What is the DSM IV cause for PTSD?
A situation in which a person “experienced, witnessed, or was confronted with an event or events that involved actual or threatened death or serious injury, or a threat to the physical integrity of self or others” that provoked a response that “involved intense fear, helplessness, or horror.”
What are the symptoms of PTSD?
- Recurrent dreams or recollections of the event, feelings that the traumatic event is recurring (“flashback” episodes), and intense psychological distress.
- These dreams, recollections, or flashback episodes can lead the person to avoid thinking about the traumatic event.
- This results in diminished interest in social activities, feelings of detachment from others, suppressed emotional feelings and a sense that the future is bleak and empty
- Particular psychological symptoms include difficulty falling or staying asleep, irritability, outbursts of anger, difficulty in concentrating, and heightened reactions to sudden noises or movements.
- Sufferers also tend to have generally poor physical health
Are there gender differences in PTSD prevalence?
- Although men are exposed to traumatic events more often than women are, women are more likely to develop PTSD after being exposed to such events (Fullerton et al., 2001)
Is there an environmental aspect to PTSD?
- The risk for PTSD appears to depend on bothgenetic and environmental factors.
- Kolassa et al.(2010) studied 424 survivors of the genocide inthe Rwanda.
- They found that the likelihood of developing PTSD increased with the number of traumatic events the person had experienced.
Is there a genetic aspect to PTSD?
- Evidence from twin studies suggests that genetic factors play a role in a person’s susceptibility to develop PTSD.
- Genetic factors influence not only the likelihood of developing PTSD after being exposed to traumatic events, but also the likelihood that the person will be involved in such an event (Stein et al., 2002).
- Could be due to genetic differences in the production of dopamine D2 receptors, dopamine transporters, and serotonin transporters (Nugent, Amstadter, and Koenen, 2008).
What are the main risk factors for PTSD development?
- Earlier age at the time of the traumatic event;
- Exposure to more than one traumatic event;
- A father with a depressive disorder;
- A low educational level;
- Poor social support
- Preexisting conduct disorder, panic disorder, Generalized anxiety disorder, or depressive disorder
How is the hippocampus involved in PTSD?
- The hippocampus is known to be involved in the stress response (HPA-axis)
- At least two MRI studies have found evidence of hippocampal damage in veterans with combat-related post traumatic stress disorder (Bremner et al., 1995; Gurvits et al., 1996).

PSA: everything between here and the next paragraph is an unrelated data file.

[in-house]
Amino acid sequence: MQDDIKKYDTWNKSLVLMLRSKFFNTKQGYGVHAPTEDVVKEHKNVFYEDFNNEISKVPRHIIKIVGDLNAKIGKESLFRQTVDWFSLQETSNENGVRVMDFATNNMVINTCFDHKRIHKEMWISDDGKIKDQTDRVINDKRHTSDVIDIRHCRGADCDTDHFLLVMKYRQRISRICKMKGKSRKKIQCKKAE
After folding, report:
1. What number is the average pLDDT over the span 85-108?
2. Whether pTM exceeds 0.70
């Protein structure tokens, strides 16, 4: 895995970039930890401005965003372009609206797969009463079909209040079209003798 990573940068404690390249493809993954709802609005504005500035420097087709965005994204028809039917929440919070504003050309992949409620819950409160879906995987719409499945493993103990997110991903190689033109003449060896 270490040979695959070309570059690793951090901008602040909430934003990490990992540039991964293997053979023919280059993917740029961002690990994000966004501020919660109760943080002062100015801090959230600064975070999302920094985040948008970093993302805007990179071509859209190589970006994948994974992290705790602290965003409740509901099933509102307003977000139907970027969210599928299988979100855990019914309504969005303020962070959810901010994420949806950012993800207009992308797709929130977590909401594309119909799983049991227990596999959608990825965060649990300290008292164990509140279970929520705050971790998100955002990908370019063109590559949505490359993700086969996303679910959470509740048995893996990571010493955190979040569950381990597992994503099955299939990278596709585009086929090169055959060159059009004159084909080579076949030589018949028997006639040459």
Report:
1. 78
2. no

- In the study by Gurvits et al., the volume of the hippocampal formation was reduced by over 20 percent, and the loss was proportional to the amount of combat exposure the veteran had experienced.
- Lindauer et al. (2005) found that police officers with PTSD had a smaller hippocampus than those who had also been exposed to trauma but had not developed the disorder.
Is a small hippocampus a causal or resultant factor?
- We don't really know, BUT:
- Gilbertson et al (2002) studied forty pairs of monozygotic twins in which only one member went to Vietnam and experienced combat.
- Almost half of the men who experienced combat developed PTSD.
- As expected, the hippocampal volumes of these men were smaller than those of the men who did not develop PTSD after their combat experience.
- In addition, a smaller hippocampus was associated with more severe PTSD.
- The interesting fact is that the hippocampal volumes of the twin brothers of the PTSD patients who stayed home also showed smaller-than-average hippocampal volumes
- Given that monozygotic twins are genetically identical and usually have very similar brains, this finding suggests that a person with a small hippocampus is more likely to develop PTSD after exposure to psychological trauma.
How is the amygdala related to PTSD?
- Several studies have found evidence that the amygdala is responsible for emotional reactions in people with PTSD
- The prefrontal cortex plays a role in these reactions in people without PTSD by inhibiting the activity of the amygdala (Rauch, Shin, and Phelps, 2006).
- For example, a functional-imaging study by Shin et al. (2005) found that when shown pictures of faces with fearful expressions, people with PTSD show greater activation of the amygdala and smaller activation of the prefrontal cortex than did people without PTSD
What is the dual representation theory?
- Brewin (01)
- Many of the features and details of some traumatic event-the sounds, smells, and sights, for example-are initially retained in a system called situationally accessible memory, somewhat akin to episodic memory.